Besides easier install, the one piece design also means that it'll fit 2 door XJs, 4 door XJs, or MJ comanche pickups.

This is not true with other cutout fender flares!

Jeep XJ Bushwacker Flat Fender Flares, Full Set
If you want a set of one piece rear flares for your 4 door, this is the set you want.
Jeep XJ 2-door and Comanche Flat Fender Flares
These flat fender flares will fit any 2 door Cherokee or Jeep MJ Comanche.

The Bushwacker flat-style flares are available in as a rear set, a front set, or a full set. Pay attention to prices!

For some reason, a full set usually costs only a little more than a rear or front set. Go figure!

Check them out here:

You will need to cut your front fenders and rear quarters to install these. Read our tips below and also check out the installation instructions here.

Jeep XJ 4 Door Cherokee Cutout Fender Flares

Jeep XJ Bushwacker Cutout Fender Flares, Front Set
These Bushwacker cutout flares give your front tires plenty of coverage.
Jeep XJ Bushwacker Cutout Fender Flares, Rear Set
In the 2-piece rear flare, the forward part attaches to the door.

Cutout flares are the second style that you're likely to encounter. They have the "standard" fender flare look that covers up your tires.

As with the flat fender flares, you'll need to cut your front fenders and your rear quarters in order to fit these.

These fender flares do not fit 2 door Cherokees or the Jeep Comanche MJ pickup.

Why not?

You'll notice that a 4 door Cherokee extends the door almost to the front edge of the rear fender well.This means there is no place to attach a cutout style flair!

Instead, the flare attaches to the door.

Some people hate that rear cutout flares on Cherokees are 2 pieces. If you're one of them, your only option is to pick up a set of flat flares above OR buy a two door Cherokee!

Take a look at the Bushwacker cutout flares here:

If you want to see the how the installation will go, get the installation details here.

EAG Jeep Cherokee Cutout Front Fender Flares
These budget flares have great instructions and and still do the job of the Bushwackers. They are only sold as a set of 4.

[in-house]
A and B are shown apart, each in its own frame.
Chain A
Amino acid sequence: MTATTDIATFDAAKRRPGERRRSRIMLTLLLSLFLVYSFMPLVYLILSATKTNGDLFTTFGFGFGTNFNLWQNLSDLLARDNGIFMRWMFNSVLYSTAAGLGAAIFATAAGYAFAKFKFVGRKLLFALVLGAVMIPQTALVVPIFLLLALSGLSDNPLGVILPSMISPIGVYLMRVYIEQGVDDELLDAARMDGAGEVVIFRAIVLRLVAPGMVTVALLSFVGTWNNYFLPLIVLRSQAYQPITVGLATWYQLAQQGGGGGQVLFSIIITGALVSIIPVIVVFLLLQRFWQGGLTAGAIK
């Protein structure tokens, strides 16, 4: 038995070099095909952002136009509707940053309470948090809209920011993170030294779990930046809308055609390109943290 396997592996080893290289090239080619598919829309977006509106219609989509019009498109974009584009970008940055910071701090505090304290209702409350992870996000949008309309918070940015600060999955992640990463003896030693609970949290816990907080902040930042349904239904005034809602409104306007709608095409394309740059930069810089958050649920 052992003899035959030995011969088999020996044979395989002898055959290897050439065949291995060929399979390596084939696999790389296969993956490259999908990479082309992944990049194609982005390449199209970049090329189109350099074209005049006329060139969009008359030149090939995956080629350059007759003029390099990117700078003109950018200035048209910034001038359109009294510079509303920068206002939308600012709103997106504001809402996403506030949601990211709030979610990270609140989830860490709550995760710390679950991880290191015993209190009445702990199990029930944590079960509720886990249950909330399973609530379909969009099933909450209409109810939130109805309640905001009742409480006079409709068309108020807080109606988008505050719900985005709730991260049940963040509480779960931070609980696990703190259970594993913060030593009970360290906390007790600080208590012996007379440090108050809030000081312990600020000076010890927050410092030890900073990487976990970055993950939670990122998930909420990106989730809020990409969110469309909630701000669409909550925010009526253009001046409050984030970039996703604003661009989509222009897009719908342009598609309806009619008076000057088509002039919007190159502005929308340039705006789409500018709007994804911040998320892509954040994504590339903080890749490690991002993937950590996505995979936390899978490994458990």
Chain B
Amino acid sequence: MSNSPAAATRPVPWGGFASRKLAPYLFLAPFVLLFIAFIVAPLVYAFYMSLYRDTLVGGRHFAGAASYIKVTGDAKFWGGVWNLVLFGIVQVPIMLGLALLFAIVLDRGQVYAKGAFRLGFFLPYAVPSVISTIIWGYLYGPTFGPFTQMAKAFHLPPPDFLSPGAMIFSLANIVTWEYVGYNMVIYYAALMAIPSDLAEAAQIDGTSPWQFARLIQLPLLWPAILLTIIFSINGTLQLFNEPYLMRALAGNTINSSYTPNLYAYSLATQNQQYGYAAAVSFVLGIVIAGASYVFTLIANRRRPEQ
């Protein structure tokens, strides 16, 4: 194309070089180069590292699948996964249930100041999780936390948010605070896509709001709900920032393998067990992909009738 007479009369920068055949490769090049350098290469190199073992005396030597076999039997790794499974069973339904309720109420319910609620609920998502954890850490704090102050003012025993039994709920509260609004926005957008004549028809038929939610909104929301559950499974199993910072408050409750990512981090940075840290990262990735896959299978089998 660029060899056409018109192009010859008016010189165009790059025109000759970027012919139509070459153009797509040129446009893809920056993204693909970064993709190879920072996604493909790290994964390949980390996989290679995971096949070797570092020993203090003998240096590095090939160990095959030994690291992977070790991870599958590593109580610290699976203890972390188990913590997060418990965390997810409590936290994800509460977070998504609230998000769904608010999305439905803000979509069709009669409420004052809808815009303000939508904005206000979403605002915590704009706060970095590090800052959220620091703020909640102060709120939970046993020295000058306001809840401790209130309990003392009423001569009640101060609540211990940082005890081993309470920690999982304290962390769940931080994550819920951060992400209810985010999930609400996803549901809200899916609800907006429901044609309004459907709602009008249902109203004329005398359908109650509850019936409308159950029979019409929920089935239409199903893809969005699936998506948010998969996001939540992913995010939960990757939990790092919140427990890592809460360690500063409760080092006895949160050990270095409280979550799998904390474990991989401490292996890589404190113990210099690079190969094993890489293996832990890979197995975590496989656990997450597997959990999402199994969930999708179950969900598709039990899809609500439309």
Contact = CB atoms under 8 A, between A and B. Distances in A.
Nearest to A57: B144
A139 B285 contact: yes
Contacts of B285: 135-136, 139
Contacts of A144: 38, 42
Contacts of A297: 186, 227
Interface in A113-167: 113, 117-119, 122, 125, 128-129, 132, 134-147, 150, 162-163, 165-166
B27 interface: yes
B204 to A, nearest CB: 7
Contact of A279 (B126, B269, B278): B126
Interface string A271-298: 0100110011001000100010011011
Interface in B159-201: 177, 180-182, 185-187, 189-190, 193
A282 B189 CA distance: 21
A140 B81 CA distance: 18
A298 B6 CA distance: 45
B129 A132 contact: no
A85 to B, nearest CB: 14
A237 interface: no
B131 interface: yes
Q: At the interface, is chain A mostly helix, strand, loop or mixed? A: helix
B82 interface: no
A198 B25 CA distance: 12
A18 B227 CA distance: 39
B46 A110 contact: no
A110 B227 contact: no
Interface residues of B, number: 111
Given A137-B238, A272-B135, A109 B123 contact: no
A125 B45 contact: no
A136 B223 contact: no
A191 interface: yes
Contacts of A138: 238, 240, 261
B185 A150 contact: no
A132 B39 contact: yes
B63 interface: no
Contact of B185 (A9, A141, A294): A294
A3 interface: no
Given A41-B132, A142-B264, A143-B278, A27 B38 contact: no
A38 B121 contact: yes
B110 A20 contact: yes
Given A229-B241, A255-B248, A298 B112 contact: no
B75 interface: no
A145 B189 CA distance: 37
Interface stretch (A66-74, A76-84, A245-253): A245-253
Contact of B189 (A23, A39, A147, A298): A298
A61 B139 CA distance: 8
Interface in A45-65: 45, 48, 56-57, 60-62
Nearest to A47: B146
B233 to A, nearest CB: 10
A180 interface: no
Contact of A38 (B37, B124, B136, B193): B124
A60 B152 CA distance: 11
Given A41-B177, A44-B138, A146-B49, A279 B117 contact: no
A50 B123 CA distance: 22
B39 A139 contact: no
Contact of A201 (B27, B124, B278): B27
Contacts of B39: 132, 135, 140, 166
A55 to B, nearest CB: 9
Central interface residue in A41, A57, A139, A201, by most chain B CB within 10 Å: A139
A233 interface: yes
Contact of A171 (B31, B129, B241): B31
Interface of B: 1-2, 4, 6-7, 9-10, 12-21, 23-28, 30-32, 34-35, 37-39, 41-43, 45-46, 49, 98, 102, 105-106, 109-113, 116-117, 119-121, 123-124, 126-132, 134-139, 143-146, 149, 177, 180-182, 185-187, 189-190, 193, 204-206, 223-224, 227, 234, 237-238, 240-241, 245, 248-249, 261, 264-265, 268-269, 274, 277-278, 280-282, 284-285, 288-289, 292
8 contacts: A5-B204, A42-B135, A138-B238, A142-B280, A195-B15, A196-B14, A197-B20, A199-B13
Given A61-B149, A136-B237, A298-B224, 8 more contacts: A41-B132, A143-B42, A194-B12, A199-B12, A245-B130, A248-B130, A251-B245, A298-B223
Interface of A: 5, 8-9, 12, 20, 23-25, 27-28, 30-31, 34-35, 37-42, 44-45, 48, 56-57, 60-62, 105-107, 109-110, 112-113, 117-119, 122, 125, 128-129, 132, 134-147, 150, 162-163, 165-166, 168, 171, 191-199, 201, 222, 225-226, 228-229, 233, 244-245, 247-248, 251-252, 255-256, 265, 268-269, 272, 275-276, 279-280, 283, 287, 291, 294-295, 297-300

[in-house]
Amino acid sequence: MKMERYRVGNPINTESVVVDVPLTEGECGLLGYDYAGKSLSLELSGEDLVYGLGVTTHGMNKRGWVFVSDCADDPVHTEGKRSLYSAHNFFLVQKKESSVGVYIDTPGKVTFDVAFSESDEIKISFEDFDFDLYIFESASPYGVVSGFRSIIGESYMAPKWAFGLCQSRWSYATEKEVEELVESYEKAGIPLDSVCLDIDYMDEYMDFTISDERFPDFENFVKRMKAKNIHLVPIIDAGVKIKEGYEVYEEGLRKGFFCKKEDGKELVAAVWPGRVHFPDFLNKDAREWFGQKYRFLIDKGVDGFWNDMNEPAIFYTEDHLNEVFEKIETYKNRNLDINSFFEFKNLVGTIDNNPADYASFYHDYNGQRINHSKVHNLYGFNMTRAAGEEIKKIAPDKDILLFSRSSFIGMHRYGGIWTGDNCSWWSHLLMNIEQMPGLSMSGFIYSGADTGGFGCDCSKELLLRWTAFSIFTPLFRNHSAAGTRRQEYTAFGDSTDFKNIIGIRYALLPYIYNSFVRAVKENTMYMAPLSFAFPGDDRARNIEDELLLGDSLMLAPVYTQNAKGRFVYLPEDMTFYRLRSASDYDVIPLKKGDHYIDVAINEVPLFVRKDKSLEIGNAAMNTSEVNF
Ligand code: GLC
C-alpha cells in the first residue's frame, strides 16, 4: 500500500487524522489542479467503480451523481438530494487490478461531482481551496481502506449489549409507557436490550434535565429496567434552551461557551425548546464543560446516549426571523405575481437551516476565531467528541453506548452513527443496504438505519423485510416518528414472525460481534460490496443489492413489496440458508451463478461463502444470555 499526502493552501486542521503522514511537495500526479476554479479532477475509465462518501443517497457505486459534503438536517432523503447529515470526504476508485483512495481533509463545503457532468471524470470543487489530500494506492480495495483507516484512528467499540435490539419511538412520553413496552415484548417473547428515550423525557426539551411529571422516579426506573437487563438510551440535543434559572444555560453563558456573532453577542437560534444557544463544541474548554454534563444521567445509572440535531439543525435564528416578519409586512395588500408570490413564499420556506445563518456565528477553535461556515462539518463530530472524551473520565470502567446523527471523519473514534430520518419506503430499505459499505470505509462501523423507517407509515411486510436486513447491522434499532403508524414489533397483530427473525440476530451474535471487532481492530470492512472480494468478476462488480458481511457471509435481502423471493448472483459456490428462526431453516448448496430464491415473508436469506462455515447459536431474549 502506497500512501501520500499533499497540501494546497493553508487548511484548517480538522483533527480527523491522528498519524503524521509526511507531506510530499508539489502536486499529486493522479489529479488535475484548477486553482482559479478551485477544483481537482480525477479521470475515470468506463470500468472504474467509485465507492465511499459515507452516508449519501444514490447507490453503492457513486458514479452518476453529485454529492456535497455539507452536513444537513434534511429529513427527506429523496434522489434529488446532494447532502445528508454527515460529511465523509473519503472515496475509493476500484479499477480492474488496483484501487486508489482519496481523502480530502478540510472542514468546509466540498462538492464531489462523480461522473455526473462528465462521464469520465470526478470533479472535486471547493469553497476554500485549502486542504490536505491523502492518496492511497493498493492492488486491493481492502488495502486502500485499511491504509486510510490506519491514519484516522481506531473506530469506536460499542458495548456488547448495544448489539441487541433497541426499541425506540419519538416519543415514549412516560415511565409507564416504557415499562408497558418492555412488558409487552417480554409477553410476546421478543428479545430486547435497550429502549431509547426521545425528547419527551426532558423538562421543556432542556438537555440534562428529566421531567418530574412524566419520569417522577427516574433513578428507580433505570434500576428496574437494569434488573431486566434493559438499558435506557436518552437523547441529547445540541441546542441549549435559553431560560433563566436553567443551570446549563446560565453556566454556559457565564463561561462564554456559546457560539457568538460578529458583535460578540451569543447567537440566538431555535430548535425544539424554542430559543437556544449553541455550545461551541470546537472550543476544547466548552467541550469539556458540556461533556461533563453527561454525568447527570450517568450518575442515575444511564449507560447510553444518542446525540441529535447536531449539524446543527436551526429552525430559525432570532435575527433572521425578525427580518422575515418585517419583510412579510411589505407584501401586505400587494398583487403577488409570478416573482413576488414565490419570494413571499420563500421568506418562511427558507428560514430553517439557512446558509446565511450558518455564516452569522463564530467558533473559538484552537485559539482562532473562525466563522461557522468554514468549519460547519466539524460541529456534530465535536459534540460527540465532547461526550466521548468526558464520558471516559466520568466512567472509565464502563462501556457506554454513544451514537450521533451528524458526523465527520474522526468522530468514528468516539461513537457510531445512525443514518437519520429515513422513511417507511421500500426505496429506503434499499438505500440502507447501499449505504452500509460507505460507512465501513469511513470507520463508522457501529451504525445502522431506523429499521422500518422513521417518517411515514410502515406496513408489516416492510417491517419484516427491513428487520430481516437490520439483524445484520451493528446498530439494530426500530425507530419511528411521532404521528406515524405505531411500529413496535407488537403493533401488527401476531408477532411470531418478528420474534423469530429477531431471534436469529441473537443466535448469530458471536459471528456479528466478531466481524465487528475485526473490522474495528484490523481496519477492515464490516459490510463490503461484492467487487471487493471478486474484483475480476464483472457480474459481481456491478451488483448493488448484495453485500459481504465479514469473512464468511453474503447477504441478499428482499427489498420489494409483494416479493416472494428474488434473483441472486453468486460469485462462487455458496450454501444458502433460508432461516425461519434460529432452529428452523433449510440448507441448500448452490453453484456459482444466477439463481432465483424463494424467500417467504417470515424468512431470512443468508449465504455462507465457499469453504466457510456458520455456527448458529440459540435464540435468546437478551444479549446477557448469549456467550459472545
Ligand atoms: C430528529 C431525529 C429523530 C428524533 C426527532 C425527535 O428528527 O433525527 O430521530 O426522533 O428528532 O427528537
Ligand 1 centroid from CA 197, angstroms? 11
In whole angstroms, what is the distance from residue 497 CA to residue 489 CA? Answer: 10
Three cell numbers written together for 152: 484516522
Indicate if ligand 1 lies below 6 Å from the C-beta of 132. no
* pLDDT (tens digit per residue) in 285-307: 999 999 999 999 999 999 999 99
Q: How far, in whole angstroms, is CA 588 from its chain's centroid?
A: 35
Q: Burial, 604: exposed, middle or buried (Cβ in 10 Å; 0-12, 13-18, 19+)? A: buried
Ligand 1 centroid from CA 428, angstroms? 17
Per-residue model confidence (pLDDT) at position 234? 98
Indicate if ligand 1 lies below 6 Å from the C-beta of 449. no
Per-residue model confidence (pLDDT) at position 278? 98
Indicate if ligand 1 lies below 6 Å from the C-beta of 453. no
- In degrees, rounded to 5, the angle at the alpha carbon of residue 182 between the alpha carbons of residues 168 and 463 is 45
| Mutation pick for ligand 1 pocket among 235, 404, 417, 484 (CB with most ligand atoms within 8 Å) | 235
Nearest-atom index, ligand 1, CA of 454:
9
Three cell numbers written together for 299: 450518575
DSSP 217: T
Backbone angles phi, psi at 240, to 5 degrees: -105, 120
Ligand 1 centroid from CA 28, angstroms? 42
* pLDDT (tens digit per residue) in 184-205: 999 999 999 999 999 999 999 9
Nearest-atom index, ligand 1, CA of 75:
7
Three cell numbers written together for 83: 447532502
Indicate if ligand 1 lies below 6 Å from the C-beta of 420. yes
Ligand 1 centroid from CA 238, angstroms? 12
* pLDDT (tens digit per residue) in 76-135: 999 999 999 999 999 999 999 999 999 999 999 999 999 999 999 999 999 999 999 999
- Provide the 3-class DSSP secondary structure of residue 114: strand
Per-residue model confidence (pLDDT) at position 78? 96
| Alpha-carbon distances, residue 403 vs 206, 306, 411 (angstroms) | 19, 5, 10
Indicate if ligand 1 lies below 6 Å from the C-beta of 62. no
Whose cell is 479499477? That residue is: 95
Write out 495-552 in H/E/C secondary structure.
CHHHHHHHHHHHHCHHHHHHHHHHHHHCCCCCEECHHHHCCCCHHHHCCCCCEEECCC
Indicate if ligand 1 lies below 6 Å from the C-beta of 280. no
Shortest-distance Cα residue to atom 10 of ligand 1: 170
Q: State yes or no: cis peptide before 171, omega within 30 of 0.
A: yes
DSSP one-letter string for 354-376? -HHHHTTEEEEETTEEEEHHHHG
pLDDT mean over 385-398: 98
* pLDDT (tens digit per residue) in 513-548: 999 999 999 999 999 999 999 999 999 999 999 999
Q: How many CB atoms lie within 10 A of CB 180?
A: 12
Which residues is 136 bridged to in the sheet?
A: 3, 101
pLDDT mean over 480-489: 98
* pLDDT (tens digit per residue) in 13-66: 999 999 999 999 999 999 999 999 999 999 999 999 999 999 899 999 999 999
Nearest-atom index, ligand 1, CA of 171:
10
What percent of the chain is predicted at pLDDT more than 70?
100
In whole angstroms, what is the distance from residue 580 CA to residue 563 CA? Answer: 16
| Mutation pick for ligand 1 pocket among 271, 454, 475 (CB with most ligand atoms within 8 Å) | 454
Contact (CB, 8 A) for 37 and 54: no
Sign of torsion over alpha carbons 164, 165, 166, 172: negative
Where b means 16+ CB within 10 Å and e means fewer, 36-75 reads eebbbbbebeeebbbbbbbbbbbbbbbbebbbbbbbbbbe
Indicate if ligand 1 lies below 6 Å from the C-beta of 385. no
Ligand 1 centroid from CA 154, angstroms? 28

EAG Jeep Cherokee Cutout Rear Fender Flares
You can see how the EAG rear XJ flares come in two pieces: one section for the door and one for the quarter panel.

Bushwacker has been in the business a long time - they use their own plastic and their flares are fairly resistant to fading.

However, if you don't have the budget for them, check out EAG's flares. They are very similar to the Bushwacker flares for quite a bit less cash.

We probably wouldn't go too much cheaper on flares than the EAGs - there are kits our there for much less, but they tend to fit badly, install badly, and break more easily.

Jeep XJ 2 Door Cherokee and MJ Comanche Cutout Fender Flares

Jeep XJ 2-Door and MJ Comanche Cutout Fender Flares
There aren't a lot of fender flare kits out there for 2 door Cherokees and Comanches, but this one will get the job done.
Jeep XJ 2 Door Cutout Fender Flares
The front flares are the same as the standard XJ flares, but the rears are one piece.

Because 2 door Cherokees and Jeep MJs have lots of metal forward of the rear wheelwell, they can use a one piece rear fender flare.

There aren't really any budget options out there for the 2 door Cherokee/Comanche-style fender flares since both of these vehicles are pretty rare!

You can buy the front flares separately - the front fender flares for a 2 door XJ, Comanche, and 4 door XJ are all the same. It's only the rear set that's different.